I laid out the blanket reserved for my shedding dog on the passenger seat of my still new car. It was concerning that Scott couldn't hold his head up on his own and that the doctor never came back in to look at it. I took him home and laid him on the couch before I went to find an all-night pharmacy. The pharmacist told me Scott had received prescriptions for pain, a muscle relaxer, and an anti-inflammatory something or other. I counted out the $30 Scott's dad gave me and chose to fill the pain pill.

I received a call from Scott. I was at the third place I went to to find an open pharmacy. I thought he was just growing impatient.

"I just went to the bathroom and it's all blood! I don't want to die!" he cried panicking.

I asked the pharmacist about the amount of blood in his urine and told him about the accident. "Do I need to take him back to the ER?" I asked.

The pharmasist didn't seem that surprised that Scott was pissing blood, so I took that as a good sign. Just to be sure, I called the ER that just released us.

"Ma'am, we do not dispense medical advice over the phone, and we do not connect calls to doctors. If you feel he needs to come in, then just bring him."

"You're serious? We just left there less than a half-hour ago. His information hasn't even been filed yet!"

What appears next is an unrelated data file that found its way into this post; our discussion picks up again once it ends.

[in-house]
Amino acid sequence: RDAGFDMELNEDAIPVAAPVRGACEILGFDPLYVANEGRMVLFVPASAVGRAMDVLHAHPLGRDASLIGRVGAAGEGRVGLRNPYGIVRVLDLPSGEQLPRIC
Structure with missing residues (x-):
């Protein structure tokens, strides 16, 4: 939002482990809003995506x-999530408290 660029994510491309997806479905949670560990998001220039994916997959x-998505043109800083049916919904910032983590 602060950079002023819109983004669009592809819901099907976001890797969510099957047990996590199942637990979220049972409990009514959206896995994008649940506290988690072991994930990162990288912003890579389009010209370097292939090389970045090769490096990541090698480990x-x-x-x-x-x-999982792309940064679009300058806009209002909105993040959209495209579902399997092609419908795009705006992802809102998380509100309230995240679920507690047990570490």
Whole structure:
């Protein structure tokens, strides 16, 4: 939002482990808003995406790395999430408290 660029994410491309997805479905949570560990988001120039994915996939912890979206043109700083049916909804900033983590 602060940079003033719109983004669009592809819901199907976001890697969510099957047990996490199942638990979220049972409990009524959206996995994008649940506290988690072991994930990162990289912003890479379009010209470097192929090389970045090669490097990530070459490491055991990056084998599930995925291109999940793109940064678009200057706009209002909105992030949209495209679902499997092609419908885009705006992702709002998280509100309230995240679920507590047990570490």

I called my mother, who has no medical experience whatsoever, but is a practical person. "Wait and see if he does it again. If there's blood in the next batch, then take him." Sounded good to me.

I set up camp in the living room. I knew Scott would be too injured to sleep in the bed and that the back of the couch would at least cradle him somewhat. I set out his pain pills and the entire contents of my first aid kit on the coffee table next to two glasses of water: one tap and one sparkling. I grabbed the itchy Wal-Mart sheets of my college days and put those on the couch for Scott to ooze and bleed on. Then I grabbed my favorite pink velveteen blanket and laid it on the floor with my pillow. I needed to be near him in case he woke up in the middle of the night and needed something. It felt like summer camp to me.

He bled through his bandages before bedtime. As we unwrapped his bandage on his hand, we saw that the doctor didn't even cut off the flag of skin flapping from the side of his hand. Scott asked me to grab the kitchen scissors and cut the skin off, but I shied away. The whole scene was just a little too gross. So Scott, freshly home from the hospital, sat on our living room sofa with the kitchen scissors used to cut open packs of chicken and cut his own skin off. I was thoroughly disgusted at our medical system.

To be continued...


***